Posted on Oct 06, 2023, 4 p.m.
Those with a higher cumulative exposure to estrogen throughout their life may have a lower risk of cerebral small vessel disease (CSVD), according to a study published in the journal Neurology. CSVD is a form of cardiovascular disease that results from damage to small blood vessels in the brain and increases the risk of dementia and cognitive impairment.
"Previous research has shown that rates of cerebrovascular disease increase after menopause, which is often attributed to the absence of hormones," said study author Kevin Whittingstall, PhD, of the University of Sherbrooke in Quebec, Canada. "It remains unknown whether the amount of exposure to hormones before menopause extends that window of protection to after menopause."
This study involved 9,000 postmenopausal women with an average age of 64 years old without CSVD at the beginning of the study, who provided answers to questions related to reproductive health and had brain scans to look for the disease by estimating white matter hyperintensities (a common biomarker of vascular brain health that develops with age).
Participant lifetime hormone exposure was calculated by adding the number of years that the women were pregnant with the duration of their reproductive lifespan (the number of years from the first menstruation to menopause). Analysis revealed the average total white matter hyperintensity volume was 0.0019 ml. and the average lifetime hormone exposure was 40 years. According to the researchers, after adjusting for a variety of factors, participants with higher lifetime hormone exposure had lower white hyperintensity volumes. Those with higher lifetime hormone exposure had a smaller volume difference of 0.007 ml compared to those with lower lifetime hormone exposure.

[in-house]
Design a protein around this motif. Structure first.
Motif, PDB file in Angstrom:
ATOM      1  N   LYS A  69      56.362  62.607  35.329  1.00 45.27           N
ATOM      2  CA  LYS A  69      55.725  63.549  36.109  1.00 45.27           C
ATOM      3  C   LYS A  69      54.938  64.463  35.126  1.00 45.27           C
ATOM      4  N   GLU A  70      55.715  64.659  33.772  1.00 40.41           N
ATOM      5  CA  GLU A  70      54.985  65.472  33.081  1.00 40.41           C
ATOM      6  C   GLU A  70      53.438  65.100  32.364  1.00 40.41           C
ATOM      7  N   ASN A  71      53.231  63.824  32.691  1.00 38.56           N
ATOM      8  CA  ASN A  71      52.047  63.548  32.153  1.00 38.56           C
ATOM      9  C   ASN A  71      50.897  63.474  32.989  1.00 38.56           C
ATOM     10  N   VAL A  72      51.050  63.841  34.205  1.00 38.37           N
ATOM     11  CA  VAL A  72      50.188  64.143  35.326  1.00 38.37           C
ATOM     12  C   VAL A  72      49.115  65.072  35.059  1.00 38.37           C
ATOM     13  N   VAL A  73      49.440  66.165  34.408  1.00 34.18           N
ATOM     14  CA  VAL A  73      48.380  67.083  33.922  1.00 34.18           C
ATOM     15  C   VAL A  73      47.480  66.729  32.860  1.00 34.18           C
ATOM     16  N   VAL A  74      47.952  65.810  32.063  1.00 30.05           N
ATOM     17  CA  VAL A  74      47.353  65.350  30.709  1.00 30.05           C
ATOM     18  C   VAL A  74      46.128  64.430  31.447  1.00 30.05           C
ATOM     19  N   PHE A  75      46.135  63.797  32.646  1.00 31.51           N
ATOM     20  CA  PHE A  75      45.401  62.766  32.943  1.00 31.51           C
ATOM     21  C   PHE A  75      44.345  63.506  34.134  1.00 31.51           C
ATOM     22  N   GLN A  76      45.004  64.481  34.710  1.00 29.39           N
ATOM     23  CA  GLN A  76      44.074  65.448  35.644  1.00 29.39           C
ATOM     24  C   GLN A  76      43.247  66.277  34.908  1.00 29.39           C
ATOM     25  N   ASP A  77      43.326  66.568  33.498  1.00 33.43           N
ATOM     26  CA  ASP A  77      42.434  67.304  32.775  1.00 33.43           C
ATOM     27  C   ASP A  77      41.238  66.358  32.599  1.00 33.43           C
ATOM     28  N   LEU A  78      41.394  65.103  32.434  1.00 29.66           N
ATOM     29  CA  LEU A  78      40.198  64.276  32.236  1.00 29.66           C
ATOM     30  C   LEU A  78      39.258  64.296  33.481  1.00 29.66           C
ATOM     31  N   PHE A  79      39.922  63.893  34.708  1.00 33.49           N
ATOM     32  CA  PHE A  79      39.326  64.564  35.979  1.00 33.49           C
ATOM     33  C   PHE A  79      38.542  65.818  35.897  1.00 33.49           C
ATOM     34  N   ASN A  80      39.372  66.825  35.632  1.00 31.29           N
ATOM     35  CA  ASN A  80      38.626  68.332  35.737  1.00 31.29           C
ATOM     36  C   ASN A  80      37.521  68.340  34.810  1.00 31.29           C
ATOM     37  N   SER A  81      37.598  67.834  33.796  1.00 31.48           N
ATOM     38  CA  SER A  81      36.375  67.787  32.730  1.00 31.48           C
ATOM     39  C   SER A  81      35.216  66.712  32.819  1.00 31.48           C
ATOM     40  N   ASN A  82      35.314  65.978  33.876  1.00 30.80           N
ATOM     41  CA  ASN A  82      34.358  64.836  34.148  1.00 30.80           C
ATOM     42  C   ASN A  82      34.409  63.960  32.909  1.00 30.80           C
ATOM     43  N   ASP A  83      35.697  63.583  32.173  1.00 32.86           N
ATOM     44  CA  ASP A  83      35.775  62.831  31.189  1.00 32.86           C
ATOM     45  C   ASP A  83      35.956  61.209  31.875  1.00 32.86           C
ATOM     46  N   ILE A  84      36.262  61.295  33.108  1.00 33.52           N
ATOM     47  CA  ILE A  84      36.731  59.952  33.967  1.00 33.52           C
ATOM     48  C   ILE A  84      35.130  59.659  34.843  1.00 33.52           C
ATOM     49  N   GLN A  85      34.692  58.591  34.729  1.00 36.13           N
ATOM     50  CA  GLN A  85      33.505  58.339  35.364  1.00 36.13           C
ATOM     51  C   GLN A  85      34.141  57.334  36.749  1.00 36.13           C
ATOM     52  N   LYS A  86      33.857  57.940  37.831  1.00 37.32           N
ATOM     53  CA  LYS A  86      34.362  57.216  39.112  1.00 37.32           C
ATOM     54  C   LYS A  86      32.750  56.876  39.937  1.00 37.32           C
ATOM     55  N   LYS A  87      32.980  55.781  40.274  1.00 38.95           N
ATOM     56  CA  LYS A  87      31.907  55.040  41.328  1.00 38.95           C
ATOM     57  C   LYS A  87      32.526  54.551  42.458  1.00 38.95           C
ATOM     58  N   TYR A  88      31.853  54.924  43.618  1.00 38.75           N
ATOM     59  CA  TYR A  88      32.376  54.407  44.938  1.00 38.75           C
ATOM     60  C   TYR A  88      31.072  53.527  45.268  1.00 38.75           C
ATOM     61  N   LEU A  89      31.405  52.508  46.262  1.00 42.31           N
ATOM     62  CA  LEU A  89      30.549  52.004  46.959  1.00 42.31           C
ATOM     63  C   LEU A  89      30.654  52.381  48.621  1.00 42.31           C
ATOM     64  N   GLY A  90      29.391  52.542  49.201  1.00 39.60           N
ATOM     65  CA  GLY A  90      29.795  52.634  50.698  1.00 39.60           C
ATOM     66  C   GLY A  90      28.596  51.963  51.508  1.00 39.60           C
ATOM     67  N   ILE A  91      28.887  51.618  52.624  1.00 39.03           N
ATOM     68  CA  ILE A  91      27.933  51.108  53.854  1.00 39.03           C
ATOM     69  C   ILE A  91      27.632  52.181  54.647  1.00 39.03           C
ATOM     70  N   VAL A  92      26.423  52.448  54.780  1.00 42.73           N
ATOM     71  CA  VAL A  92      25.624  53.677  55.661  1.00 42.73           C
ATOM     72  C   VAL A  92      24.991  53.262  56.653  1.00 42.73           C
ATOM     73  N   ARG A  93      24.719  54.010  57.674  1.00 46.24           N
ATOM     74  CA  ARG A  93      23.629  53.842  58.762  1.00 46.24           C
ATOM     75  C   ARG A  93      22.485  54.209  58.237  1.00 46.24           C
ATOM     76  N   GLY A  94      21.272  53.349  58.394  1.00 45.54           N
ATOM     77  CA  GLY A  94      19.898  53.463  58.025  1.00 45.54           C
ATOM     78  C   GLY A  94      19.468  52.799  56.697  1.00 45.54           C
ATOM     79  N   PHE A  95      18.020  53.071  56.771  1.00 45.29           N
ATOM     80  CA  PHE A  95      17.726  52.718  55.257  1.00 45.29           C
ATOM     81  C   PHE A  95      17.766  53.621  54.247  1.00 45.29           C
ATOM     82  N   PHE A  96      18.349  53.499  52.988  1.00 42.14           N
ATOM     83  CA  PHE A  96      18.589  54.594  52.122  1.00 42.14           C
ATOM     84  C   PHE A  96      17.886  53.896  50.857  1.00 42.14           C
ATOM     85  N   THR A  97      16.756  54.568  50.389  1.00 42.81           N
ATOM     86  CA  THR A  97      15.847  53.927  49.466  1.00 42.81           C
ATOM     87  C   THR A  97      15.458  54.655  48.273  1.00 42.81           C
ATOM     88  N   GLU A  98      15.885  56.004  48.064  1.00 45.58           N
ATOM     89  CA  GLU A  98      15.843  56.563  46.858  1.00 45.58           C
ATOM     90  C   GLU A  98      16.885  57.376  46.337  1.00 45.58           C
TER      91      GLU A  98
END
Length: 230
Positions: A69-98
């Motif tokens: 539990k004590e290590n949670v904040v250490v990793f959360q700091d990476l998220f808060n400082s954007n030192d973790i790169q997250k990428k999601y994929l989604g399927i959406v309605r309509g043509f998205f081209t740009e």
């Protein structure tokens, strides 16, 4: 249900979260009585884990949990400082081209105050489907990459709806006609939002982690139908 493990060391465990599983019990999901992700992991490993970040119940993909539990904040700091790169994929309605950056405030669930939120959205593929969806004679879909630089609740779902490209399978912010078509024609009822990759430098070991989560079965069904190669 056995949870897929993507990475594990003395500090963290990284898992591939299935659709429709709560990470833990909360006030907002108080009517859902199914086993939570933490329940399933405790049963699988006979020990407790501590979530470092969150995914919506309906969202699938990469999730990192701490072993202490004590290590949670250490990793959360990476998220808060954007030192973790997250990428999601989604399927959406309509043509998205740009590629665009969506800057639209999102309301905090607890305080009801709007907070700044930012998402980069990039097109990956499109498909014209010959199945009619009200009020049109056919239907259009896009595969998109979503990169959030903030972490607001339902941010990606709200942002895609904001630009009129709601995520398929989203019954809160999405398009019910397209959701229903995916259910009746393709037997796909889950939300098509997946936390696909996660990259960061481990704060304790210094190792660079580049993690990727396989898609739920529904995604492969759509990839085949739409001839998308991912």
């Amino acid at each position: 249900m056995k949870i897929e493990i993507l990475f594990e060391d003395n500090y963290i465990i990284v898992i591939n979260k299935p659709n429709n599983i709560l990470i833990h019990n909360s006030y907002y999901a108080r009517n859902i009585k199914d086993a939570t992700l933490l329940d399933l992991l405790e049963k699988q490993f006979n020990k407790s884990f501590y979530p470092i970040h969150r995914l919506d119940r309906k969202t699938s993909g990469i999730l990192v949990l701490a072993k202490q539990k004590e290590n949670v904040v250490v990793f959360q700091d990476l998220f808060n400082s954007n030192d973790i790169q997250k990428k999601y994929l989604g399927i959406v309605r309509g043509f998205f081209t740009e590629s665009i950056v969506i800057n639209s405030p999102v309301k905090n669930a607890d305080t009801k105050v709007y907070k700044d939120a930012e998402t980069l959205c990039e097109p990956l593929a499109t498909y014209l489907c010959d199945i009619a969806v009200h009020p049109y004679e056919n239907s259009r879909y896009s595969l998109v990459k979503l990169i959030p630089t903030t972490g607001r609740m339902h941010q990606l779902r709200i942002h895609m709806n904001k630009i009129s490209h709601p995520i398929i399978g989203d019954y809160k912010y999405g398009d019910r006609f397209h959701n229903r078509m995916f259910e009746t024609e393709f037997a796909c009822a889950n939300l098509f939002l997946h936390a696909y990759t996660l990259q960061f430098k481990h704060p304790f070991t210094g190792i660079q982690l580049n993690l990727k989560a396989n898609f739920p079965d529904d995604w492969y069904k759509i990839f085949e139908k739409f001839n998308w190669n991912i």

The lifetime hormone exposure was also calculated by adding the number of years participants took oral contraceptives and hormone replacement therapy, but these factors did not alter the effect the number of pregnancies and the number of reproductive years had on white matter hyperintensities. The number of pregnancies and the number of reproductive years both affect white matter hyperintensity volumes independently.
"Our study highlights the critical role of reproductive history in shaping the female brain across the lifetime," said Whittingstall. "These results emphasize the need to integrate reproductive history into managing brain health in postmenopausal women. Future research should investigate ways to develop better hormonal therapies."
The researchers noted several limitations to the study and stressed that this study does not prove that lower estrogen exposure causes cerebral small vessel disease, it only shows an association.
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